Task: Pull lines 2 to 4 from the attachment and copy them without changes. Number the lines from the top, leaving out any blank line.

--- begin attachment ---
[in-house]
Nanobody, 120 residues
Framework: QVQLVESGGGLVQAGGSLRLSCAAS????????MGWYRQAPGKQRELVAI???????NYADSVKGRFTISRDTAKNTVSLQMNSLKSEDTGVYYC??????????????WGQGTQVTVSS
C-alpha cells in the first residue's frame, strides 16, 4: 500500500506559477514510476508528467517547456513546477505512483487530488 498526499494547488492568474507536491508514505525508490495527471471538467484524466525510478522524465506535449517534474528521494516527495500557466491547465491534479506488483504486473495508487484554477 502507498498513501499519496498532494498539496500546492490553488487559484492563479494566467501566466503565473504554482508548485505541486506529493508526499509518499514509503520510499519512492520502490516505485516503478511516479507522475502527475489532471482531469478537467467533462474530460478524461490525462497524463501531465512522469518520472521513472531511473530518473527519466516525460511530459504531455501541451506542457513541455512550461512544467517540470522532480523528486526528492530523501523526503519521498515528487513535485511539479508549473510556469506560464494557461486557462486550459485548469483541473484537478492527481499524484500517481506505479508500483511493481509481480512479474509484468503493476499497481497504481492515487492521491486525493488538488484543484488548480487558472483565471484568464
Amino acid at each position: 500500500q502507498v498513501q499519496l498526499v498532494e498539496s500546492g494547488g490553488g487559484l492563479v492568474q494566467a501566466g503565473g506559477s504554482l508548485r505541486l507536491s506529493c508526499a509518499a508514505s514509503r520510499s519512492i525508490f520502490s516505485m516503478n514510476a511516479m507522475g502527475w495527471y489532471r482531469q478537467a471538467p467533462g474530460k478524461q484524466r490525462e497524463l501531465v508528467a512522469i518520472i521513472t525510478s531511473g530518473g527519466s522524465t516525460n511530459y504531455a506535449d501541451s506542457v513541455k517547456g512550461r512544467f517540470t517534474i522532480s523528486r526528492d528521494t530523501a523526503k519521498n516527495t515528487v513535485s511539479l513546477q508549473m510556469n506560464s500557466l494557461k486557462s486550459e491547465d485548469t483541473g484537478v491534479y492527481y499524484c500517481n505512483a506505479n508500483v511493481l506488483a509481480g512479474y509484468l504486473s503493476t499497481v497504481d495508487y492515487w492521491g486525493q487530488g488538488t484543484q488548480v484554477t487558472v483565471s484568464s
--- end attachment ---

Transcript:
Nanobody, 120 residues
Framework: QVQLVESGGGLVQAGGSLRLSCAAS????????MGWYRQAPGKQRELVAI???????NYADSVKGRFTISRDTAKNTVSLQMNSLKSEDTGVYYC??????????????WGQGTQVTVSS
C-alpha cells in the first residue's frame, strides 16, 4: 500500500506559477514510476508528467517547456513546477505512483487530488 498526499494547488492568474507536491508514505525508490495527471471538467484524466525510478522524465506535449517534474528521494516527495500557466491547465491534479506488483504486473495508487484554477 502507498498513501499519496498532494498539496500546492490553488487559484492563479494566467501566466503565473504554482508548485505541486506529493508526499509518499514509503520510499519512492520502490516505485516503478511516479507522475502527475489532471482531469478537467467533462474530460478524461490525462497524463501531465512522469518520472521513472531511473530518473527519466516525460511530459504531455501541451506542457513541455512550461512544467517540470522532480523528486526528492530523501523526503519521498515528487513535485511539479508549473510556469506560464494557461486557462486550459485548469483541473484537478492527481499524484500517481506505479508500483511493481509481480512479474509484468503493476499497481497504481492515487492521491486525493488538488484543484488548480487558472483565471484568464